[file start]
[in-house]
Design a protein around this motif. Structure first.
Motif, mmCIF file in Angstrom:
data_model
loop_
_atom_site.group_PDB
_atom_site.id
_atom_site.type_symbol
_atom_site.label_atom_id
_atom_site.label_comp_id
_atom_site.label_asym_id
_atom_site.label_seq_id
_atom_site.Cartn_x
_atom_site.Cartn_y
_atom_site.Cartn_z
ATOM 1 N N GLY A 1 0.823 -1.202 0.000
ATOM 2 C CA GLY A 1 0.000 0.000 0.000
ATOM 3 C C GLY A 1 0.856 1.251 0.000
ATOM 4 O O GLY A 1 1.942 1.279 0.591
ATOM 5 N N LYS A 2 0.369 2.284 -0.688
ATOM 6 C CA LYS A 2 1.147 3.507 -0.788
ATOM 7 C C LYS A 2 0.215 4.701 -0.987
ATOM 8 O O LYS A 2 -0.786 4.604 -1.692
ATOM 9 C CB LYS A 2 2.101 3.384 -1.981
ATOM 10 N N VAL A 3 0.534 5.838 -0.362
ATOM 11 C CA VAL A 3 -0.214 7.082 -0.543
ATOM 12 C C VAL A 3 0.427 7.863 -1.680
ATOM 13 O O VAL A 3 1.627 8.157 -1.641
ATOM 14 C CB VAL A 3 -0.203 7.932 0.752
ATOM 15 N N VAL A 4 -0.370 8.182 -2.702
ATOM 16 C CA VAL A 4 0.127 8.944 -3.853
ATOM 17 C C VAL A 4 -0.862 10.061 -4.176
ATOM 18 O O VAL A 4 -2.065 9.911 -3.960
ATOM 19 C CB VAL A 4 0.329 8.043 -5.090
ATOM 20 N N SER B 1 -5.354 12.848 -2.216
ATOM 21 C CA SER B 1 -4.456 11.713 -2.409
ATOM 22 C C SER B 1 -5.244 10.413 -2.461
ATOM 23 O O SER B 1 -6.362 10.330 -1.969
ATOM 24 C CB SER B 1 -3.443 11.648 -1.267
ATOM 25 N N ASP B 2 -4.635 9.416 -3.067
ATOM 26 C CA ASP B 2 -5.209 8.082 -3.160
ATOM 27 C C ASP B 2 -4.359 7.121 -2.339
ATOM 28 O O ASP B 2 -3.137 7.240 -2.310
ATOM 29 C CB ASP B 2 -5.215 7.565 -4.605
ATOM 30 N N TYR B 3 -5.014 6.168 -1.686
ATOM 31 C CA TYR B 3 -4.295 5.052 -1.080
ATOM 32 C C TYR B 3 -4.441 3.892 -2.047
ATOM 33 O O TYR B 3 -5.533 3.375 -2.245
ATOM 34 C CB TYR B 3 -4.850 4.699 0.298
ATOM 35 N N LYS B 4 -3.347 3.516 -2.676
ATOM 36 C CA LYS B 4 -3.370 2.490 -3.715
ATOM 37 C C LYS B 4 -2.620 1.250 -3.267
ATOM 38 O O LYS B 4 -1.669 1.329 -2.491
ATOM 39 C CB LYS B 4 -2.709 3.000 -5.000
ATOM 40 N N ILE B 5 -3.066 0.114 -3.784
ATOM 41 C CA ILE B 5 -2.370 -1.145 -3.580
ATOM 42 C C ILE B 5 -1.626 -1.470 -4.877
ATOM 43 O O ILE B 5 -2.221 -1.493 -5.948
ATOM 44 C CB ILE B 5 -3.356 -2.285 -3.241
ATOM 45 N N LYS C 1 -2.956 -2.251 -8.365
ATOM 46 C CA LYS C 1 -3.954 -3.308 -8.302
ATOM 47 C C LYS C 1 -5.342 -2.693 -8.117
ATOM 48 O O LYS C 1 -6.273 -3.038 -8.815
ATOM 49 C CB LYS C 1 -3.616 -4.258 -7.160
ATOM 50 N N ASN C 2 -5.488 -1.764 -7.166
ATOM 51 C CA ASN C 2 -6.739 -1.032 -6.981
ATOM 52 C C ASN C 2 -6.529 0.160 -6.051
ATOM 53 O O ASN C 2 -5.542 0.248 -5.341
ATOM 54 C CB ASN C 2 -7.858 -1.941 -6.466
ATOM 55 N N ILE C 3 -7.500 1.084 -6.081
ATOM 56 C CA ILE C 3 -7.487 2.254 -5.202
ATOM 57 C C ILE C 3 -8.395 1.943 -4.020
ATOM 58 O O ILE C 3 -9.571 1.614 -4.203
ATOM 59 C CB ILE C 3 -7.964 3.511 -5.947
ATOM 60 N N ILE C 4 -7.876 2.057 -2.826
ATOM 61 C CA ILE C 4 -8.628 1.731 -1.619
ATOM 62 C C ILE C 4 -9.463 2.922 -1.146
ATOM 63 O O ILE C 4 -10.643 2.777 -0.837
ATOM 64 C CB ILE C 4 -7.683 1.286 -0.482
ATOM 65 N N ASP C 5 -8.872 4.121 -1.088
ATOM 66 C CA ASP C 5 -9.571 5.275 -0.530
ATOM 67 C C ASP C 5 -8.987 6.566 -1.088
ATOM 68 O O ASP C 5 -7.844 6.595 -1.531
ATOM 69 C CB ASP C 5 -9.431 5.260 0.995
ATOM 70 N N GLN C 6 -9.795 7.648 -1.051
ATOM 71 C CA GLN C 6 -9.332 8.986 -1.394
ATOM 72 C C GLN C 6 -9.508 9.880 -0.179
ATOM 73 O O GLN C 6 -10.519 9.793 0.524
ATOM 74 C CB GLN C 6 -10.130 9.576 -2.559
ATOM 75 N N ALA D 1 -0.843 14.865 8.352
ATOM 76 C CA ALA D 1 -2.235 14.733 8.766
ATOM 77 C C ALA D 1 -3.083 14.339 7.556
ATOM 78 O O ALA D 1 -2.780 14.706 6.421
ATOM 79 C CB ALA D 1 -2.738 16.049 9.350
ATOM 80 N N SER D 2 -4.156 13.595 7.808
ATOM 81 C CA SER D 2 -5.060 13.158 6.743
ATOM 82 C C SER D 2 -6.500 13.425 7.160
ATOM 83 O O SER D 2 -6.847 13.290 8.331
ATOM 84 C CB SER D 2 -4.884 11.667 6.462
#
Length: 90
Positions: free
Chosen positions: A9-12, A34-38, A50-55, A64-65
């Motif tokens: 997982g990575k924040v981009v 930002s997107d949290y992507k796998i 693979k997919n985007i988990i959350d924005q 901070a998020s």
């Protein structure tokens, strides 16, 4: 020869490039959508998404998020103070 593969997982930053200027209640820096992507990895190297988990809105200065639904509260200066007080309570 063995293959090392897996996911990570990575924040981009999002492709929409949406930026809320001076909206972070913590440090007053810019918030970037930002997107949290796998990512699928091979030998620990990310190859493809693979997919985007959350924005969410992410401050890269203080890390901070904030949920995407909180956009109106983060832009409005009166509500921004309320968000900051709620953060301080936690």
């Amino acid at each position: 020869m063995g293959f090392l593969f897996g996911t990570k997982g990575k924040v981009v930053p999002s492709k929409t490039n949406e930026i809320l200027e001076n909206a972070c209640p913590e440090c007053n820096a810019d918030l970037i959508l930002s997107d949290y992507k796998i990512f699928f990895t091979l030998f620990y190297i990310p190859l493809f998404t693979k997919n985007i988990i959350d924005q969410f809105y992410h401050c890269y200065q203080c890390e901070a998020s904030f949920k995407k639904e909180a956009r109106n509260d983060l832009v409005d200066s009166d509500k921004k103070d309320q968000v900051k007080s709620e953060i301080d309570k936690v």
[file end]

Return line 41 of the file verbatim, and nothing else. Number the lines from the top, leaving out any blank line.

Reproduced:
ATOM 26 C CA ASP B 2 -5.209 8.082 -3.160